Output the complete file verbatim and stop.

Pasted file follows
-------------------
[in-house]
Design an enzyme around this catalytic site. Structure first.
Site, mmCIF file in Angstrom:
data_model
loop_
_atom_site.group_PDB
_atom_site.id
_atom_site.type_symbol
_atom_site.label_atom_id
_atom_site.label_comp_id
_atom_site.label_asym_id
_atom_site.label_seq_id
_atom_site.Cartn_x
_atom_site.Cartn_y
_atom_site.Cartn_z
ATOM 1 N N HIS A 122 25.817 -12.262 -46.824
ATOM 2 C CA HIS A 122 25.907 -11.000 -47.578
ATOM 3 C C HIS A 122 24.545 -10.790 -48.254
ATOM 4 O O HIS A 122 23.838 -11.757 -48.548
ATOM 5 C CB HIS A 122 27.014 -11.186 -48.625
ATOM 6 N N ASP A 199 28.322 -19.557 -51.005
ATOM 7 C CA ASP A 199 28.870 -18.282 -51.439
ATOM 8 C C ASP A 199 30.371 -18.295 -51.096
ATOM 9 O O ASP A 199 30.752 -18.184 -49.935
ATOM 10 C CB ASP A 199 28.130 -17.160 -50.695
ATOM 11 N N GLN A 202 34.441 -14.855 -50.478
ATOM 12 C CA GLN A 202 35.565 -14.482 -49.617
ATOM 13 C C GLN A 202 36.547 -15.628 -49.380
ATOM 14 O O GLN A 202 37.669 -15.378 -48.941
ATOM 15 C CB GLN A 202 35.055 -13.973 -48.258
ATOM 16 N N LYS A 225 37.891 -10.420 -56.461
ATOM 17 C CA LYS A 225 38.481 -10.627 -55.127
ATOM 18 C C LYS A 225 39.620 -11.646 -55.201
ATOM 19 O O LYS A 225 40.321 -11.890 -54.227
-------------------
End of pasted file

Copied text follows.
[in-house]
Design an enzyme around this catalytic site. Structure first.
Site, mmCIF file in Angstrom:
data_model
loop_
_atom_site.group_PDB
_atom_site.id
_atom_site.type_symbol
_atom_site.label_atom_id
_atom_site.label_comp_id
_atom_site.label_asym_id
_atom_site.label_seq_id
_atom_site.Cartn_x
_atom_site.Cartn_y
_atom_site.Cartn_z
ATOM 1 N N HIS A 122 25.817 -12.262 -46.824
ATOM 2 C CA HIS A 122 25.907 -11.000 -47.578
ATOM 3 C C HIS A 122 24.545 -10.790 -48.254
ATOM 4 O O HIS A 122 23.838 -11.757 -48.548
ATOM 5 C CB HIS A 122 27.014 -11.186 -48.625
ATOM 6 N N ASP A 199 28.322 -19.557 -51.005
ATOM 7 C CA ASP A 199 28.870 -18.282 -51.439
ATOM 8 C C ASP A 199 30.371 -18.295 -51.096
ATOM 9 O O ASP A 199 30.752 -18.184 -49.935
ATOM 10 C CB ASP A 199 28.130 -17.160 -50.695
ATOM 11 N N GLN A 202 34.441 -14.855 -50.478
ATOM 12 C CA GLN A 202 35.565 -14.482 -49.617
ATOM 13 C C GLN A 202 36.547 -15.628 -49.380
ATOM 14 O O GLN A 202 37.669 -15.378 -48.941
ATOM 15 C CB GLN A 202 35.055 -13.973 -48.258
ATOM 16 N N LYS A 225 37.891 -10.420 -56.461
ATOM 17 C CA LYS A 225 38.481 -10.627 -55.127
ATOM 18 C C LYS A 225 39.620 -11.646 -55.201
ATOM 19 O O LYS A 225 40.321 -11.890 -54.227